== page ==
Cohen has distributed a letter written by Mrs. Reagan to Hatch in which she favors "new legislation to allow the ethical use of therapeutic cloning" which might in the future protect families from sharing pain inflicted on her because of Alzheimer's disease. She does not address the New Jersey bill and obviously is unfamiliar with it.
Hatch is more responsible than any other single senator for blocking Sen. Sam Brownback's federal anti-cloning legislation, but he cannot properly be called a backer of Cohen's bill. His aides told this column that Hatch would not support any bill permitting implantation of a cloned embryo or development of a clone for more than 14 days, both of which are permitted by the New Jersey bill. As for McCain, his staff told us: "We have not endorsed any cloning bill in New Jersey."
It is even more absurd to place Tommy Thompson in Jersey's Brave New World. Asserting the president desires anti-cloning legislation, the secretary added that "the administration could not support any measure purporting to ban 'reproductive' cloning while authorizing 'research' cloning."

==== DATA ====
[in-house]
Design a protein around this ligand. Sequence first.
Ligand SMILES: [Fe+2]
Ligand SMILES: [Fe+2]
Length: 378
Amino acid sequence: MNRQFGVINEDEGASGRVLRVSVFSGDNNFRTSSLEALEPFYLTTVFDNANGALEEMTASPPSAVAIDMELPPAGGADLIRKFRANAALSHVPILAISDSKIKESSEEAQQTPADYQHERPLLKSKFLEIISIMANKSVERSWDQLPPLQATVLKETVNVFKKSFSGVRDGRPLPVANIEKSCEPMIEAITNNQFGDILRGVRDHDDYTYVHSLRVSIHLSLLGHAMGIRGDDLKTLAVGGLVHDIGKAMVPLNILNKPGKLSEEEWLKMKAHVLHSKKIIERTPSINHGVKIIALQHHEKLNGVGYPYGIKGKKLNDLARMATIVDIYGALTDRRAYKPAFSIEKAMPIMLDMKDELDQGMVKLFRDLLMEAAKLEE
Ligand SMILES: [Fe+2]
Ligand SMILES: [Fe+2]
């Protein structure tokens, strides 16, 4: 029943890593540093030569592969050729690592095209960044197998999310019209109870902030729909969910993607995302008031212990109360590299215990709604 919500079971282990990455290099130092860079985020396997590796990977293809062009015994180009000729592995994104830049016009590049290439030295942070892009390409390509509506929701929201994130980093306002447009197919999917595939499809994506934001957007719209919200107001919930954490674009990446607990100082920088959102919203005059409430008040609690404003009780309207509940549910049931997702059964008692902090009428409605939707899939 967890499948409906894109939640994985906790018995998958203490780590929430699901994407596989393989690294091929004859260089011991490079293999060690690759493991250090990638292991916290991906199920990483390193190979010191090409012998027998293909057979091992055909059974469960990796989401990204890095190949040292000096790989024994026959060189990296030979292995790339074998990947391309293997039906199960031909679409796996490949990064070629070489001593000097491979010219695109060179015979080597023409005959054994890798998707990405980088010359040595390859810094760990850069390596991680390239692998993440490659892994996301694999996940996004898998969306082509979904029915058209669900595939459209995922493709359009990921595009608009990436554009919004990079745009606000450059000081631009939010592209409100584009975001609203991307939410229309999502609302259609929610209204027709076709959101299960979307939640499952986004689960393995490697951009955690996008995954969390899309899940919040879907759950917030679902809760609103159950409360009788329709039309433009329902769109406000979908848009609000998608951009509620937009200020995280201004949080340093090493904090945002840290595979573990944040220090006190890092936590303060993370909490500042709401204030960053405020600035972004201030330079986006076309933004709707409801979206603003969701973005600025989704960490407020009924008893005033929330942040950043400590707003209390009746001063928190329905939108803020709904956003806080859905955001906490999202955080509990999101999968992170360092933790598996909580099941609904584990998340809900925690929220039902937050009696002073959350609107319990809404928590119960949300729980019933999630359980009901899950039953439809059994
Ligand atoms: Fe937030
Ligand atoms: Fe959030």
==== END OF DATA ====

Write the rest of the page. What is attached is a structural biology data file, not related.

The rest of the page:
As the bill's contents and supporters are obscured, advocates have not encouraged full debate. When the Newark Star-Ledger blamed me for helping "stir up enough criticism to keep the bill from passing," New Jersey Right to Life asked the newspaper to print a letter to Gov. James McGreevey from four members of the President's Council asserting that the bill "threatens to make New Jersey a haven for . . . human fetal farming." The editors replied they would "pass." The issue has not been fully explored as the lame-duck Assembly takes a fateful step.